Dakhla is a small town that lies near the end of a 45 km long and sandy peninsula about 550 km to the south of Laayoune. This peninsula defines Dakhla Bay, a very important wetland for migrating and wintering waterbirds. Dakhla is used by most birders as a handy base for the exploration of desert species of the Dakhla - Aousserd road (following section), but you should spend one or two days exploring this area, not only for the local speciality, the Royal Tern!
Two good places where you get a good view of the action in the bay are at Km 16 and Km 24 north of Dakhla town, these sites can be productive for both terns and waders. But there are numerous other places around the bay where you can get good views of the birds. Just keep in mind that the tidal flats can be huge at low tide and the birds thus far away. It is probably best to check the bay at rising tide when the waders are concentrating close to the shore, and a telescope is anyway a necessity to do this site any justice.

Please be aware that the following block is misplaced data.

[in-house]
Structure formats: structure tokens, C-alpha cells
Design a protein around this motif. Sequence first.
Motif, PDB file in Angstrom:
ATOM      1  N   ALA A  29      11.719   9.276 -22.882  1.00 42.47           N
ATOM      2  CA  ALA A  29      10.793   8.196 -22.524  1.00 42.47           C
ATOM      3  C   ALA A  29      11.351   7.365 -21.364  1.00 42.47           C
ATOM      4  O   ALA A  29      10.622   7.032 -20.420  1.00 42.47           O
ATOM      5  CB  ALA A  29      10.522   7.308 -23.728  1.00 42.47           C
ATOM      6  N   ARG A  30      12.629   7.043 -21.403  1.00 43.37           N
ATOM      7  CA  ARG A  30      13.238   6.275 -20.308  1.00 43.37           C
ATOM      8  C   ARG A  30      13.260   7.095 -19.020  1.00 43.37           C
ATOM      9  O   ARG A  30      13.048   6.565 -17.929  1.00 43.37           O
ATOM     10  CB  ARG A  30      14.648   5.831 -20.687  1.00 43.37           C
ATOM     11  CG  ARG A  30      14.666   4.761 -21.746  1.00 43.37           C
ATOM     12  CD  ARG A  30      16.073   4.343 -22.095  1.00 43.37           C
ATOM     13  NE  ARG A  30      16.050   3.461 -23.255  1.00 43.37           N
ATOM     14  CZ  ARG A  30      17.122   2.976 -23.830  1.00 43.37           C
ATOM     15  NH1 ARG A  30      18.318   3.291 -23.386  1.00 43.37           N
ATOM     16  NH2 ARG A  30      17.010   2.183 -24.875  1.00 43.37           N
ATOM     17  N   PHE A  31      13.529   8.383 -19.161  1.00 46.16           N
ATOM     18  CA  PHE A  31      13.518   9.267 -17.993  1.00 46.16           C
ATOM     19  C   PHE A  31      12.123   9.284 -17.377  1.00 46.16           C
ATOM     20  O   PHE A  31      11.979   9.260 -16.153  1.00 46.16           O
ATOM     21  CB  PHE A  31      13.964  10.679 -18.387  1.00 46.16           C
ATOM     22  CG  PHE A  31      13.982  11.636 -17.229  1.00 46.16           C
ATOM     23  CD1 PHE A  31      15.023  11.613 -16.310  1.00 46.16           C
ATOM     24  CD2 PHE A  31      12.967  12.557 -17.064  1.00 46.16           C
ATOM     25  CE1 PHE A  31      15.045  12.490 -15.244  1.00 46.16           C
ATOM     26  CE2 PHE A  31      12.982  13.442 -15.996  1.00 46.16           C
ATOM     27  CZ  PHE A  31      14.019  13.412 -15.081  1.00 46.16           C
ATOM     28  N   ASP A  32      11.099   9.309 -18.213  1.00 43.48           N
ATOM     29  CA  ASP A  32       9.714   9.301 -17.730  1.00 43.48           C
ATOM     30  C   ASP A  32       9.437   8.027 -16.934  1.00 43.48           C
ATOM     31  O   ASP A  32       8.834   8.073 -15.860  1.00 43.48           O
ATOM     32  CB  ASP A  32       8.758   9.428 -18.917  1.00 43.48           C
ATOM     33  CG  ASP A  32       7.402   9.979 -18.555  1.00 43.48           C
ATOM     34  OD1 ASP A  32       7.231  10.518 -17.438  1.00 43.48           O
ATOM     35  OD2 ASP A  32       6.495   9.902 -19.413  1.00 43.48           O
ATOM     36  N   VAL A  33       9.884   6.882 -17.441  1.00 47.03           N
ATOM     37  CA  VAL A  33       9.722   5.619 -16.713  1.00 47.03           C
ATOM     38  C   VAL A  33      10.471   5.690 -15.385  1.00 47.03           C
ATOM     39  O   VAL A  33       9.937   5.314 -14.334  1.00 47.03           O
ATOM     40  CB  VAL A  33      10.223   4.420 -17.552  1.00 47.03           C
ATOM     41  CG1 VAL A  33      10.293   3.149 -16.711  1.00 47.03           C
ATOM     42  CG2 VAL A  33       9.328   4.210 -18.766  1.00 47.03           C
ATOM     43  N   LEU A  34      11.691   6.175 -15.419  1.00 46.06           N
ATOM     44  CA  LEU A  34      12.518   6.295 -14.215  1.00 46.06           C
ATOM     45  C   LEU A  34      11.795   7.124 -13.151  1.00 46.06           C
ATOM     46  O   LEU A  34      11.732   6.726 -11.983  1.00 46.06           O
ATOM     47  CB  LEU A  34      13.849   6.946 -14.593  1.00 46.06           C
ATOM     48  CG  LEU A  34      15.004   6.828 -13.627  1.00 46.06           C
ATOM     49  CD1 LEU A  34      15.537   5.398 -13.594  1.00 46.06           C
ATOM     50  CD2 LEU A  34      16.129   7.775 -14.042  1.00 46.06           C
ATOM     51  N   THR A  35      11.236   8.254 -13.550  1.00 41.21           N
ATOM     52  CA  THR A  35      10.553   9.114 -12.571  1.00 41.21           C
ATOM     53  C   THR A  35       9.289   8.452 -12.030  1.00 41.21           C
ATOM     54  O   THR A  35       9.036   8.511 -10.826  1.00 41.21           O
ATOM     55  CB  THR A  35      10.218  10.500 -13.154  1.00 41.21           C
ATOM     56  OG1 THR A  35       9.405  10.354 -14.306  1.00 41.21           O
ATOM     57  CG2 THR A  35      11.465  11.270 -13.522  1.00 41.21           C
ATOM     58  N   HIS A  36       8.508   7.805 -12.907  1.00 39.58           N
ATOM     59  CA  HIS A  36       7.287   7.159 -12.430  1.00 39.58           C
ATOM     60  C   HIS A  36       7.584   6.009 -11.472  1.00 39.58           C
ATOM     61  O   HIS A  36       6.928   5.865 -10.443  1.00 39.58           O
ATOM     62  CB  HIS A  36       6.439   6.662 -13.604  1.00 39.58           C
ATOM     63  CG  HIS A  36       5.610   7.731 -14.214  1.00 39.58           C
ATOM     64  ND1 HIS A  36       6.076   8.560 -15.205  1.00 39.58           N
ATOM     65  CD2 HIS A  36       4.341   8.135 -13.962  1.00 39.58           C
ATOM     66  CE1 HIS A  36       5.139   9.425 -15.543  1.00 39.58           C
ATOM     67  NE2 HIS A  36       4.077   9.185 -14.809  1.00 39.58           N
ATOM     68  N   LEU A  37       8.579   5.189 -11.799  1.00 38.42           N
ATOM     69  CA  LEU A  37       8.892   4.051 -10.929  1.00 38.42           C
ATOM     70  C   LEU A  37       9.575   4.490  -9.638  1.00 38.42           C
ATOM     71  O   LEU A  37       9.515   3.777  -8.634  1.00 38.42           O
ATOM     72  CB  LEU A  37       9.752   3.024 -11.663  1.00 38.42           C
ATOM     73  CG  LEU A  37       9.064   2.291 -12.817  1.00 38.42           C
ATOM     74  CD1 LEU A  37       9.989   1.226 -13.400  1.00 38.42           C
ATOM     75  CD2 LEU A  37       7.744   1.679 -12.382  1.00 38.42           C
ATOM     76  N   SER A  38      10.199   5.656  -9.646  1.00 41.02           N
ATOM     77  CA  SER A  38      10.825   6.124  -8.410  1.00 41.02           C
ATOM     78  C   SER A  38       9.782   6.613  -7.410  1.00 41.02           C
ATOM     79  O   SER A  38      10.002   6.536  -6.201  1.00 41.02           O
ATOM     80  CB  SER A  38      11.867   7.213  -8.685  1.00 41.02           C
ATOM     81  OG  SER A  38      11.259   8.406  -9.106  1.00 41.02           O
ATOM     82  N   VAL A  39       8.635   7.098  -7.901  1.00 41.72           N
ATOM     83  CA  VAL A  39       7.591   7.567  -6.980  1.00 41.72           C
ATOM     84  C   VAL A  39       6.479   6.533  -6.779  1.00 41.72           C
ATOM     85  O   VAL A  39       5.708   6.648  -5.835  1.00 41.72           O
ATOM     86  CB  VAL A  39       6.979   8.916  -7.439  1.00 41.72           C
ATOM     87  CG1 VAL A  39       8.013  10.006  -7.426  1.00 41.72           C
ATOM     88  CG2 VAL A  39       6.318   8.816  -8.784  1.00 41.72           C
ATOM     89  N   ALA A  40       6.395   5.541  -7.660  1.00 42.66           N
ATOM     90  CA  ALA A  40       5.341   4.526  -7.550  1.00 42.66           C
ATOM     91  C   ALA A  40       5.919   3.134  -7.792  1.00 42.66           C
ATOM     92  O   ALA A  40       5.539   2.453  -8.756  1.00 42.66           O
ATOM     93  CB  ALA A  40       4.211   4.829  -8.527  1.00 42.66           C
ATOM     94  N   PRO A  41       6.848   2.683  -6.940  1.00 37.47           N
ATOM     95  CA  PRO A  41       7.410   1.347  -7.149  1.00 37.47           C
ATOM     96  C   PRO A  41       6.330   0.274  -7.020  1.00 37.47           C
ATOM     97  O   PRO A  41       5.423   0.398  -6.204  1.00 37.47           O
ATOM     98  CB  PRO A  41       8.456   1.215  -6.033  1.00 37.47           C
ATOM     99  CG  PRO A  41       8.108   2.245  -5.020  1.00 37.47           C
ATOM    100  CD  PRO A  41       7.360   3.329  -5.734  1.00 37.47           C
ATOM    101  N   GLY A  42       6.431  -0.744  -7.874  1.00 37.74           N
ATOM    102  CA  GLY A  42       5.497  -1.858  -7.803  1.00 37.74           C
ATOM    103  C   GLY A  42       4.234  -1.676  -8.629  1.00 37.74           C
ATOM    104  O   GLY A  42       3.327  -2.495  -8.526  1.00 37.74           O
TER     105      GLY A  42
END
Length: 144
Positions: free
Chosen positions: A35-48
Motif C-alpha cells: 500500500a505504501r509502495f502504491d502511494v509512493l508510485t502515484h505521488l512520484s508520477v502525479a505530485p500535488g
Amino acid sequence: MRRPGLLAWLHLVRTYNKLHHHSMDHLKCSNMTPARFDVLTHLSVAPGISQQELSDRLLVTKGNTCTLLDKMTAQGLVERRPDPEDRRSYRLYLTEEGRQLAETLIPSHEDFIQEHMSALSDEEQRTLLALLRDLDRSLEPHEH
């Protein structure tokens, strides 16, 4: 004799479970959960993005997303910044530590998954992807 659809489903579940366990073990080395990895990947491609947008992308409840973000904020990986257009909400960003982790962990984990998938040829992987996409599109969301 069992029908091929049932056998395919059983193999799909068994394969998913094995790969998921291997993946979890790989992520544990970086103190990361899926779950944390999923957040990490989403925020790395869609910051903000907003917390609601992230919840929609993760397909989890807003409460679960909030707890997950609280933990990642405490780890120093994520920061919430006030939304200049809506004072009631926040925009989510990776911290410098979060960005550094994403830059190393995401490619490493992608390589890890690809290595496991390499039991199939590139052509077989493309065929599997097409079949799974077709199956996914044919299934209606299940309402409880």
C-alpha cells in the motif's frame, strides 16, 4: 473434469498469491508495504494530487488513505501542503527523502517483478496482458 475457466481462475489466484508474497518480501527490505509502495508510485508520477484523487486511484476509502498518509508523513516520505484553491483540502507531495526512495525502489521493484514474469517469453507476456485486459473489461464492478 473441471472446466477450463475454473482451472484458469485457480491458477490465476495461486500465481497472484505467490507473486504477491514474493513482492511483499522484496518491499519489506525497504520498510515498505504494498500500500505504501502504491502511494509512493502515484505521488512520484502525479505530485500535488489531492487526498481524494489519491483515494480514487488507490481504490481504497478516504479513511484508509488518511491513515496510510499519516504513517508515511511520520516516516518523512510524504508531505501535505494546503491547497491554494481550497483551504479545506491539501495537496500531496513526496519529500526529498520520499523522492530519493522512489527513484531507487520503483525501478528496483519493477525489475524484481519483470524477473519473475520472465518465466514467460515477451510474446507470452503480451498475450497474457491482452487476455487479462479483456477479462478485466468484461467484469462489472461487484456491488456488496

It is estimated that about one fifth of the shorebirds that winter in Morocco are to be found around Dakhla Bay and the most numerous species are Red Knot, Dunlin and Bar-tailed Godwit. Dakhla Bay is also extremely important for gulls and terns. In winter hundreds of Caspian Terns are present and these flocks should be carefully checked for Royal Terns. During the migration the Royal Tern can be quite numerous with dozens of birds in February/March and in late summer/early fall hundreds have been recorded. Lesser Crested Tern is also a regular sight around Dakhla, and the large flocs of Sandwich Tern should be checked for this species. Punta la Sarga (Lassarga) at the southernmost tip of the peninsula is a good place to watch roosting gulls and terns.